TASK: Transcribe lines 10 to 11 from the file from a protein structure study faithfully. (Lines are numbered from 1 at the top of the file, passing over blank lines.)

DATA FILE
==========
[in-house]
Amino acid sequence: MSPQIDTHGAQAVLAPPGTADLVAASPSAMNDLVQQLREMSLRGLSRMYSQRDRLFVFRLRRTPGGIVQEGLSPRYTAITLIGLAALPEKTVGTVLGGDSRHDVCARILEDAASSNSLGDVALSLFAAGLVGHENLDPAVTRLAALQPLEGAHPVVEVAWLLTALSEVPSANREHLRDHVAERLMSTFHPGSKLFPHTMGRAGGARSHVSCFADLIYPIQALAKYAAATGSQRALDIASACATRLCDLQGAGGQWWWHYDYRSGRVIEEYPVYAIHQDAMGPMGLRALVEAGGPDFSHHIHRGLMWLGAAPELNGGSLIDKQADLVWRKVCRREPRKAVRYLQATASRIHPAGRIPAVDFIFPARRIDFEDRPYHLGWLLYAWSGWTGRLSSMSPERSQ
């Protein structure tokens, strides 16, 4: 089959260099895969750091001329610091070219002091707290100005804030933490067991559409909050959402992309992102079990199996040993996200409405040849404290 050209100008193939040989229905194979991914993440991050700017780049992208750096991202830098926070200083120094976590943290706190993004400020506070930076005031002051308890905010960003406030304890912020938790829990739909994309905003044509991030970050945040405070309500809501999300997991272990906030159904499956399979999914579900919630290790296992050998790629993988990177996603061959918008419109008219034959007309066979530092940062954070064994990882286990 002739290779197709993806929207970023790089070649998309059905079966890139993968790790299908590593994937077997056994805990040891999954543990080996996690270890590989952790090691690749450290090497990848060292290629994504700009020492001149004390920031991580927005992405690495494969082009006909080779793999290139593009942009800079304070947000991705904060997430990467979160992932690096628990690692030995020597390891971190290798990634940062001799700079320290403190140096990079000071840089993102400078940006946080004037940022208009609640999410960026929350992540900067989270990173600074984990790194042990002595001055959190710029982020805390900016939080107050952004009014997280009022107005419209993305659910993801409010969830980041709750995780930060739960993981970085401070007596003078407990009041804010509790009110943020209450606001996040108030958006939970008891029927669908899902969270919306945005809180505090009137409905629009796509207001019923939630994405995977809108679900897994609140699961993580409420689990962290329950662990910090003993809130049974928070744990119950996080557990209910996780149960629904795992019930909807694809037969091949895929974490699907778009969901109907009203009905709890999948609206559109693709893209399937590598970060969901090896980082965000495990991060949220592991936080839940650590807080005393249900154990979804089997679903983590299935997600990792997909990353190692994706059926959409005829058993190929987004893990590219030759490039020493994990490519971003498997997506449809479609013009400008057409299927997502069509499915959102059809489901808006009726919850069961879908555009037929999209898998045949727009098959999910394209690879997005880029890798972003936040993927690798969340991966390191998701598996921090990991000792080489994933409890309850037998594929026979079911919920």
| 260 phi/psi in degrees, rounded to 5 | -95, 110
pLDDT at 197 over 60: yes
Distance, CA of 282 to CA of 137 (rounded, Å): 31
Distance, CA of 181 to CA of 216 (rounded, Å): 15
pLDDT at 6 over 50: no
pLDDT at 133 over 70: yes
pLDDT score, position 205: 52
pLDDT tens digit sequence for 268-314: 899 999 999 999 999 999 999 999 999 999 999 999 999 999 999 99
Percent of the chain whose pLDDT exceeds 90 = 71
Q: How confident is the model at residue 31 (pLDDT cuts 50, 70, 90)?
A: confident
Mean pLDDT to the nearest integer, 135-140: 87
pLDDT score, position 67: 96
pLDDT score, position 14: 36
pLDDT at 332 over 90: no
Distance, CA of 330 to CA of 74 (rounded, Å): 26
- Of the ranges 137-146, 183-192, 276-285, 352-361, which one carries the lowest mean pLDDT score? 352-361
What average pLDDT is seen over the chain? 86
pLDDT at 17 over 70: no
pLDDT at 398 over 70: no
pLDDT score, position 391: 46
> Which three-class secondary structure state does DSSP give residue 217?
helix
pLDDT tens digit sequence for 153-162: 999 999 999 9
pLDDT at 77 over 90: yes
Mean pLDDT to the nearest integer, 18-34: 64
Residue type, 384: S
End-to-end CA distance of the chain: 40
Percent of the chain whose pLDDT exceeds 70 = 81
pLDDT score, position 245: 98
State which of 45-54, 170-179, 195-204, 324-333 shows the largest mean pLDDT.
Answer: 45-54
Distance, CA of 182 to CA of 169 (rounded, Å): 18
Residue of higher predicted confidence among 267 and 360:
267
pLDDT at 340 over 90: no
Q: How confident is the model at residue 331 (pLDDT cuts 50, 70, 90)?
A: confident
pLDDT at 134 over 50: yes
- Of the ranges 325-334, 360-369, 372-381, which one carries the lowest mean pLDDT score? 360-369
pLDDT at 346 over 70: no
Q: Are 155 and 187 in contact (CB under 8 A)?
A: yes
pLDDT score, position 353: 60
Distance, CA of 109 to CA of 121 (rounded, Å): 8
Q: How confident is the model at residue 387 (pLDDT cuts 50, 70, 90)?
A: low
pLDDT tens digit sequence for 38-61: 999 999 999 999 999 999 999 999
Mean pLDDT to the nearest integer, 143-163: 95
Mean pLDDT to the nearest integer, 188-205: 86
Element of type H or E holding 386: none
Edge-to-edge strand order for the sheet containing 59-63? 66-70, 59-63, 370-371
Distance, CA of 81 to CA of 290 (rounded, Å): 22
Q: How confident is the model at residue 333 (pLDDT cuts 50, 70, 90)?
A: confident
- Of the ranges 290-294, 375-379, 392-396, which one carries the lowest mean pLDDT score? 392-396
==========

pLDDT score, position 205: 52
pLDDT tens digit sequence for 268-314: 899 999 999 999 999 999 999 999 999 999 999 999 999 999 999 99